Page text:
Does the Plowman have a tale in Chaucer's The Canterbury Tales?
The Plowman does not have a tale in Chaucer's Canterbury Tales. There have been several stories by writers other than Chaucer that claimed to be the Plowman's tale in the fifteenth and sixteenth centuries, though. At least one of these made it briefly into print during that time period.
Although the Plowman is one of several characters in the General Prologue not to have a tale, he is one of the most favorably described characters:
He was an honest worker, good and true,
Living in peace and perfect charity,
And, as the Gospel bade, so did he,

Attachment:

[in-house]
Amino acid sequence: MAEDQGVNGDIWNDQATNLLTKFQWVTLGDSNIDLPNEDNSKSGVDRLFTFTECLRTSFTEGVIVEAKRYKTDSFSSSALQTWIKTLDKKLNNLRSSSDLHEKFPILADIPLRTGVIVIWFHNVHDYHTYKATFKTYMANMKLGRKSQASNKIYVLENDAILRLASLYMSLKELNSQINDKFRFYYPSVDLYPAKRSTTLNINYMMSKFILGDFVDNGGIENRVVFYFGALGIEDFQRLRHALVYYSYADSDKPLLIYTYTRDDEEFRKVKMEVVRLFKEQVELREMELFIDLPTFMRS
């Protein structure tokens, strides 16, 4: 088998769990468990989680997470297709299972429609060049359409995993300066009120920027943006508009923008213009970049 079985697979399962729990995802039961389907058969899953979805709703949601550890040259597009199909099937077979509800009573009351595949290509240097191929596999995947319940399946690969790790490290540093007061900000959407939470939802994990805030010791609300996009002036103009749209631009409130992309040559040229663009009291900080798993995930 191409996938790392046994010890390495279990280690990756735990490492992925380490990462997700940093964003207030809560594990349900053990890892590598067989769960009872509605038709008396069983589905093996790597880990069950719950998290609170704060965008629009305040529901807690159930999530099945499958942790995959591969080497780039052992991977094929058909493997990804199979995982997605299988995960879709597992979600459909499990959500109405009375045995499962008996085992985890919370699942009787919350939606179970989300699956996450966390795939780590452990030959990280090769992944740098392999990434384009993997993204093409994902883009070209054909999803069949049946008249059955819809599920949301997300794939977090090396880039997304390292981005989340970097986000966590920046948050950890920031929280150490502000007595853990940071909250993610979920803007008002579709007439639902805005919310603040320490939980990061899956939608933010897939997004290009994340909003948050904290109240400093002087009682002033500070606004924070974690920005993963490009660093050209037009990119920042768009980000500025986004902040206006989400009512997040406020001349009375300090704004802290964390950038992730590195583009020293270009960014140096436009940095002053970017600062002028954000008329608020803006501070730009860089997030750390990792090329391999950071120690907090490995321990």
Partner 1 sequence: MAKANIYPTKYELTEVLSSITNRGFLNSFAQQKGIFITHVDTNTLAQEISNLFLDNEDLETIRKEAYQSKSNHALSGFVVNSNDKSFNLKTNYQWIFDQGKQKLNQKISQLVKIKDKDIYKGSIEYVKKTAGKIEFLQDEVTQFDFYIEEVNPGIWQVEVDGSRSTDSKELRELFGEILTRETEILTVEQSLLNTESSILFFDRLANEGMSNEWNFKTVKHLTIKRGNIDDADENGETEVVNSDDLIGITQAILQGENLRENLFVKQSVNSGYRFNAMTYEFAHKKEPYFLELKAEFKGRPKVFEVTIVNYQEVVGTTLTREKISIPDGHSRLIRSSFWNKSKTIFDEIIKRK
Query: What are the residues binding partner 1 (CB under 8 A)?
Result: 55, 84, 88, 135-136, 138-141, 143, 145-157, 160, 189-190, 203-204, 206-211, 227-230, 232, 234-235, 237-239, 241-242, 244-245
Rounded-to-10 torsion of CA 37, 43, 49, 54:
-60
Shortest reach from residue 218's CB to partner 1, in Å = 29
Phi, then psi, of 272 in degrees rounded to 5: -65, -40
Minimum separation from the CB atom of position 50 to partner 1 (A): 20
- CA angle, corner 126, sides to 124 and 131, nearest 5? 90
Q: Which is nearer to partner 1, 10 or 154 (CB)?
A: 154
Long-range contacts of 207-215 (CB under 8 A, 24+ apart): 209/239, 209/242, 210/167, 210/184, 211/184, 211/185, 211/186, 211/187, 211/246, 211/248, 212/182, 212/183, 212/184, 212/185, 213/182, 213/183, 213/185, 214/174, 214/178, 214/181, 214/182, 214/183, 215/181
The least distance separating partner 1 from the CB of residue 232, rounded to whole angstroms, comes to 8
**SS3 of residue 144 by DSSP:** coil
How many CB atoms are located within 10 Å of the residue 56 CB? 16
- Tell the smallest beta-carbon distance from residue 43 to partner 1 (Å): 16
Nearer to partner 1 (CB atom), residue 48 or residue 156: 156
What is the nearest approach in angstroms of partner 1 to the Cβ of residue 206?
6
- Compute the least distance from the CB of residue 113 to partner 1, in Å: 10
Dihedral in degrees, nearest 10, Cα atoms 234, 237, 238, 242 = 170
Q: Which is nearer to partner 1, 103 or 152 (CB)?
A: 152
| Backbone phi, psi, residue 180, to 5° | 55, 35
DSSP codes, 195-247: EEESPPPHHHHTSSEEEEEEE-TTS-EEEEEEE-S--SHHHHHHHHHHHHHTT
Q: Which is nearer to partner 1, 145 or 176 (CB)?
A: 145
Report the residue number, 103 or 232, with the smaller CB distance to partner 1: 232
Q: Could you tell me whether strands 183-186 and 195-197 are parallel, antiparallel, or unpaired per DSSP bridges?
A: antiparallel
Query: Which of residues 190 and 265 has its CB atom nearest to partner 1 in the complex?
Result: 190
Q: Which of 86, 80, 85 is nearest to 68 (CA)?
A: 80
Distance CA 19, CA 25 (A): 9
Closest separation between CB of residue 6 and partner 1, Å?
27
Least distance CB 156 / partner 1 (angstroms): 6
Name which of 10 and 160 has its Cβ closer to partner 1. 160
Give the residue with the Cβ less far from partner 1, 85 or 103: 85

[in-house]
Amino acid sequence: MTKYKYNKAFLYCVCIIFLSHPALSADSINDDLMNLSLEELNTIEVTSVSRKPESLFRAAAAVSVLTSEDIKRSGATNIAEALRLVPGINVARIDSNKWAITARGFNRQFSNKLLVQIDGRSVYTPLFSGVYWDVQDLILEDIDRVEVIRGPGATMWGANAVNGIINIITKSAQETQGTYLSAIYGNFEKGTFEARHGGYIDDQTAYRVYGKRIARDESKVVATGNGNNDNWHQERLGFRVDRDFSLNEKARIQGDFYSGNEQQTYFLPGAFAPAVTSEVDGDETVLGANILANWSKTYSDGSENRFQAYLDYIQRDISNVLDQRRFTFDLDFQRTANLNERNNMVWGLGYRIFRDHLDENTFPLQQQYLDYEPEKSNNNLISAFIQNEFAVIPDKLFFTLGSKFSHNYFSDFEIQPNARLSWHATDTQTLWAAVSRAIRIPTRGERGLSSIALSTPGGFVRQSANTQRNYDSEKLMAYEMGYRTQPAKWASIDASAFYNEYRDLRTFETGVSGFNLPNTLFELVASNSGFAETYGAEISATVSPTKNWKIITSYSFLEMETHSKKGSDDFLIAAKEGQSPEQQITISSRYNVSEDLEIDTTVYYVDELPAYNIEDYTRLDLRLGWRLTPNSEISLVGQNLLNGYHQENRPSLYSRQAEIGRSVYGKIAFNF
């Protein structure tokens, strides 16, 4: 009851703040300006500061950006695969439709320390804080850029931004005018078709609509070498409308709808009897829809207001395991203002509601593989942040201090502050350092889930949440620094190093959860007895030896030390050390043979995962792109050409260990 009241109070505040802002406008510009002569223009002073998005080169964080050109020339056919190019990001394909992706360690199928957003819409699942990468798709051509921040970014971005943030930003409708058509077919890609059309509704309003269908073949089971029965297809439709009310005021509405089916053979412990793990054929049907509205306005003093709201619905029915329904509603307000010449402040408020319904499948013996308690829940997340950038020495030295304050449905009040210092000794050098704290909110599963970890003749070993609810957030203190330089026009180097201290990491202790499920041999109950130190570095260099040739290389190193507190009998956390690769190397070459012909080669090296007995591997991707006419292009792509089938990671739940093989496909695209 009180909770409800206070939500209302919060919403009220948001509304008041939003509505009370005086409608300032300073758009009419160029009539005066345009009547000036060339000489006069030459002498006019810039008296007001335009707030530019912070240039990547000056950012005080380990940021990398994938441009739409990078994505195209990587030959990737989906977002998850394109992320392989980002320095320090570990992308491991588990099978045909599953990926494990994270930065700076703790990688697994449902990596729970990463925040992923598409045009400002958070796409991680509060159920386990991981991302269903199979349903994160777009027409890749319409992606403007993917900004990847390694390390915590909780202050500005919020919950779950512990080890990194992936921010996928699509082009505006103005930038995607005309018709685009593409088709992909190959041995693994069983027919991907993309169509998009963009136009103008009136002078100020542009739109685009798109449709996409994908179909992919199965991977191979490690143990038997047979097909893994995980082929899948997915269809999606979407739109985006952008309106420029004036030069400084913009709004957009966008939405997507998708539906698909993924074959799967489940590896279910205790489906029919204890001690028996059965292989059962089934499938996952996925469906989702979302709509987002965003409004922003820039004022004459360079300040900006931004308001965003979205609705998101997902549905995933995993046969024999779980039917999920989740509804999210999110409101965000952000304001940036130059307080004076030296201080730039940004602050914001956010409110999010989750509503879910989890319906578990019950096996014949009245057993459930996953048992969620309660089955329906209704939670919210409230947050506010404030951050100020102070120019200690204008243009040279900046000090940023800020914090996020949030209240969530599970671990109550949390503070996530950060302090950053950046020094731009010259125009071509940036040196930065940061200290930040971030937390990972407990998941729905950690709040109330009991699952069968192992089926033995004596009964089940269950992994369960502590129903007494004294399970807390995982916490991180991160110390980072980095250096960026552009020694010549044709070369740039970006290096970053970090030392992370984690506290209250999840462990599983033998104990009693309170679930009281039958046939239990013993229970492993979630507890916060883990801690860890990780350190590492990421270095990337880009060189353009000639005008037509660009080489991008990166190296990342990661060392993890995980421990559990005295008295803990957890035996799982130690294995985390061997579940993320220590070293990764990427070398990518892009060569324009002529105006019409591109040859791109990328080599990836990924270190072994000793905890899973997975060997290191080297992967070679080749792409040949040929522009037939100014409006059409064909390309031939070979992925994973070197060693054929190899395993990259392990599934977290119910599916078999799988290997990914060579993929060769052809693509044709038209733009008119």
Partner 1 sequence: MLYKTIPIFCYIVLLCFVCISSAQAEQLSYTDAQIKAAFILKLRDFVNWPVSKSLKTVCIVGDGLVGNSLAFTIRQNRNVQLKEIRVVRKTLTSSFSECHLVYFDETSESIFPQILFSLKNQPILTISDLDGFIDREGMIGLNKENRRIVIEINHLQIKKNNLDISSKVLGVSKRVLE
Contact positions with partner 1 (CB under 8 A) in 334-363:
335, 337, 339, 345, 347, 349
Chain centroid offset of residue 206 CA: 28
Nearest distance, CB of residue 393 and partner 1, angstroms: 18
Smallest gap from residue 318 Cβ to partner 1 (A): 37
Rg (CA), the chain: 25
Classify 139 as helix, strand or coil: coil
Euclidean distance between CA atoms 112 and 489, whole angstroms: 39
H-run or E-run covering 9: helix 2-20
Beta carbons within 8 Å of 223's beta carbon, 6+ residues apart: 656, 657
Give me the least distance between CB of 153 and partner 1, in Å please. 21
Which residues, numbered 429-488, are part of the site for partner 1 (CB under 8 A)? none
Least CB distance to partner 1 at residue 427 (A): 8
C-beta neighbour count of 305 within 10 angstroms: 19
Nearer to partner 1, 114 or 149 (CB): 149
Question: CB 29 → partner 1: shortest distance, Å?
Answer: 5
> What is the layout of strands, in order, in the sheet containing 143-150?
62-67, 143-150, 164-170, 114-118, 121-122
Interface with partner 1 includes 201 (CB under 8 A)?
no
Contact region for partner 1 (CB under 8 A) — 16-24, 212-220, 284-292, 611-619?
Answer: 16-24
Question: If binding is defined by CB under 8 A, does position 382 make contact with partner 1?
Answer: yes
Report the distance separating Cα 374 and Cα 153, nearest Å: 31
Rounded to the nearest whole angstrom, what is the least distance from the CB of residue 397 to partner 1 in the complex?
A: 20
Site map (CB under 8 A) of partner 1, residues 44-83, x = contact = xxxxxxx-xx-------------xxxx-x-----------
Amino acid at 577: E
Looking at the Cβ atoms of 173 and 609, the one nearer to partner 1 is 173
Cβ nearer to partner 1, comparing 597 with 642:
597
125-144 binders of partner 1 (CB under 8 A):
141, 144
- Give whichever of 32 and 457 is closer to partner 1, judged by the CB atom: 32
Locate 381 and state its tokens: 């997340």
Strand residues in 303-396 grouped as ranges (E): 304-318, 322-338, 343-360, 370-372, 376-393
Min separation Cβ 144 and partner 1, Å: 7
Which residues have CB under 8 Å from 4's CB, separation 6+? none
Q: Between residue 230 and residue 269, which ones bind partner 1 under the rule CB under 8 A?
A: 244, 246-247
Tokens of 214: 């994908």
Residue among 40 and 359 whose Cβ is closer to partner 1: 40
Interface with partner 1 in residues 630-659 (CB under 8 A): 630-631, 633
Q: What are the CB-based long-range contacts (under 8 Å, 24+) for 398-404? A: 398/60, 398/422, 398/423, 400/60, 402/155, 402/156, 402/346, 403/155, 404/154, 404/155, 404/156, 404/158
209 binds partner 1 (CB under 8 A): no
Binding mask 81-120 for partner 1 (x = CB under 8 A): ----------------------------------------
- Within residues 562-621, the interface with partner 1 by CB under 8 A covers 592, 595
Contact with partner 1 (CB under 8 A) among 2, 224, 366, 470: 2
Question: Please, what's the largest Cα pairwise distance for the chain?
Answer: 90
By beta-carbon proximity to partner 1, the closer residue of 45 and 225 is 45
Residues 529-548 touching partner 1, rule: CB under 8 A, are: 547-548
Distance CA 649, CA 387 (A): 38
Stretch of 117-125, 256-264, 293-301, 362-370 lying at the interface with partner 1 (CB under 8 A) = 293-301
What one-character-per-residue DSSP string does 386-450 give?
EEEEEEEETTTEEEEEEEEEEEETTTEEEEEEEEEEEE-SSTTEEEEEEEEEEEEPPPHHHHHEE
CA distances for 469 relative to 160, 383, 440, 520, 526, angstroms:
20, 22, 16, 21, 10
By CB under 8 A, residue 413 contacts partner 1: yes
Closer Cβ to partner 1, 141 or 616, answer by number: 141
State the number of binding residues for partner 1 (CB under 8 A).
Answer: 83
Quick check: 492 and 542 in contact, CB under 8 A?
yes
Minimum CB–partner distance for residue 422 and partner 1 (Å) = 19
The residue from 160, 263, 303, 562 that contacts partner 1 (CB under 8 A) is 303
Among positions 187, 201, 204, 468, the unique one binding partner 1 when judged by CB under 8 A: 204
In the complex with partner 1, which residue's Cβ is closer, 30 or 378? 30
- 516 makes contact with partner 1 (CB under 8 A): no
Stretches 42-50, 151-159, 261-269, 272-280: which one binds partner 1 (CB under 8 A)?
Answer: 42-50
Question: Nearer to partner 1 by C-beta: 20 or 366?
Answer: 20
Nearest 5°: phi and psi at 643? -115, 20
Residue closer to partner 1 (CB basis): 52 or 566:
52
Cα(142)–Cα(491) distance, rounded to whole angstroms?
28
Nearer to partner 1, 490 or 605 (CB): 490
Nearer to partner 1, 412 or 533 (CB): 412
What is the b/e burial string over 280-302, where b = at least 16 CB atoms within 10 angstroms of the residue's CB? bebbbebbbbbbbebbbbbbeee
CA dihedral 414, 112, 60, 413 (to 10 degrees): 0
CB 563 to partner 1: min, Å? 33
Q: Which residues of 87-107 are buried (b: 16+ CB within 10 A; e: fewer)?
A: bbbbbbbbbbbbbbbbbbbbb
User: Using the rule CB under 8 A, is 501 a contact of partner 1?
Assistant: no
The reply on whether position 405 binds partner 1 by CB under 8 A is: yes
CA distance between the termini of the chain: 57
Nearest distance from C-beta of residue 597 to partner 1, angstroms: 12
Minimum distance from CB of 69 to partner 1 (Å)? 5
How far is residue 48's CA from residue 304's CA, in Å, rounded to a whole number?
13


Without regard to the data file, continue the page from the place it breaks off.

Loving God best with all his heart and mind
And then his neighbor as himself.
Perhaps the Plowman is too good to have an interesting tale. Most of Chaucer's pilgrims tell tales that reflect in some way on their own imperfections or obsessions, but the Plowman doesn't appear to have any of those. He has a brother who is also travelling with the pilgrims, the Parson, who is also an upstanding character, and the only member of the clergy Chaucer does not depict as corrupt in some way.